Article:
Former Scana CEO sentenced in state court to two years in prison in plea deal

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Spartanburg, SC (WSPA) – South Carolina state judge sentenced former CEO of a failed nuclear plant, to two years in prison as part of a plea deal. Monday’s hearing follows last week’s federal sentence. 

That two year sentence hangs in the shadow of a 10-year sentence that former CEO Kevin Marsh could face if he doesn’t cooperate with investigators.

Monday’s sentence is only a piece of a very large puzzle involving proposed power plants in South Carolina.

“There is a reason Mr. Marsh is continuing to cooperate, there is a reason everything was said by a judge in there. Everything that was agreed to by Mr. Marsh, there’s a reason behind it.” South Carolina State Attorney, Alan Wilson said.

Investigators say in late 2016, Marsh gave false and misleading statements, about the SCANA project which allowed the company to obtain and retain rate increases imposed on customers. State court Judge Mark Hayes, made it clear, how important it is for Marsh to continue with that cooperation.

“You have to pretty much come clean with anything that the state and attorney general’s office may ask you for information, you’ve got to come clean, you understand that?” State Circuit Court judge, Mark Hayes said.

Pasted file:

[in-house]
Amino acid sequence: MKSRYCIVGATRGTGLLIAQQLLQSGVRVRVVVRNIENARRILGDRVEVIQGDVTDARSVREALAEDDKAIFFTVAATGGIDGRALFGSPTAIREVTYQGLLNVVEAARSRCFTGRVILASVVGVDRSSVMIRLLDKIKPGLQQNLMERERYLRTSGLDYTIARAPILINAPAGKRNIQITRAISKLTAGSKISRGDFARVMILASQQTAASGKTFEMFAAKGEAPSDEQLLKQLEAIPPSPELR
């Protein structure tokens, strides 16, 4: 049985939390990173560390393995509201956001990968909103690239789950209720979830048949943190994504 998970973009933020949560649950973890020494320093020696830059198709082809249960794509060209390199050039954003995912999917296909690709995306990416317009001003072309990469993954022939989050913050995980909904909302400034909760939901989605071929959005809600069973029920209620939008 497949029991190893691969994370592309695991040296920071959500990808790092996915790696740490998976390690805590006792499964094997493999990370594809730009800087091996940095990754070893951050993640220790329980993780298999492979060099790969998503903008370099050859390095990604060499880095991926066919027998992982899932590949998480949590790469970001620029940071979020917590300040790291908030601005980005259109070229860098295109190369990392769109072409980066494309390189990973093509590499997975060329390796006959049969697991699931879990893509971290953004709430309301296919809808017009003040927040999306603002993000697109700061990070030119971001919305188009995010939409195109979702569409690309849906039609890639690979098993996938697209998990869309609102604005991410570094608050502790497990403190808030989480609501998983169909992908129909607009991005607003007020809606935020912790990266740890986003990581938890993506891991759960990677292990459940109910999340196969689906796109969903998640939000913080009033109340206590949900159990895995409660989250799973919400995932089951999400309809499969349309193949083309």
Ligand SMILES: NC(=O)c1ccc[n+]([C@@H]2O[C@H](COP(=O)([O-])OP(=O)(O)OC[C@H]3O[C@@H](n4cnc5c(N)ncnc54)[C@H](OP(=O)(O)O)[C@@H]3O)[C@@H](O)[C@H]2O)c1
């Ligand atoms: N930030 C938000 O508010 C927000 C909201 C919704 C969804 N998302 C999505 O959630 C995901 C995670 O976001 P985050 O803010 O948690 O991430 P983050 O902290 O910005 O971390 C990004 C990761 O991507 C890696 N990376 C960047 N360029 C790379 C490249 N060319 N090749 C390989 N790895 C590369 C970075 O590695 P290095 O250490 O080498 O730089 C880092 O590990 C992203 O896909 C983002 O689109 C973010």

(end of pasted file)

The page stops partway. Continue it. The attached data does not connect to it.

As the investigation continues Marsh holding up his part by paying $5 million dollars in restitution and agreed today to continue to work with investigators, while serving 24-months in federal prison and facing 3-years supervised probation after that.

“Our office will continue to pursue every piece of information every piece of evidence in conjunction with our federal law enforcement partners and with the cooperation of Mr. Marsh and other interested parties, we’re going to continue to follow the evidence and pursue the truth were ever it takes us.” State Attorney Wilson said.

The court said the company spent billions of dollars on two South Carolina nuclear plants that never generated a single watt of power.

“This involves tax payers, rate payer of South Carolina, it involves a level of trust.” Judge Hayes said.

Court officials said when Marsh was confronted with information that the project was delayed and that the tax credits were at risk, Marsh and others withheld that information from regulators in an effort to keep the project going.

This case has state and federal implications. As part of the plea deal Marsh will serve his sentences concurrently, if he continues to cooperate.

Attorney General’s office says this case is not over; they are using evidence provided by Marsh to investigate others. 

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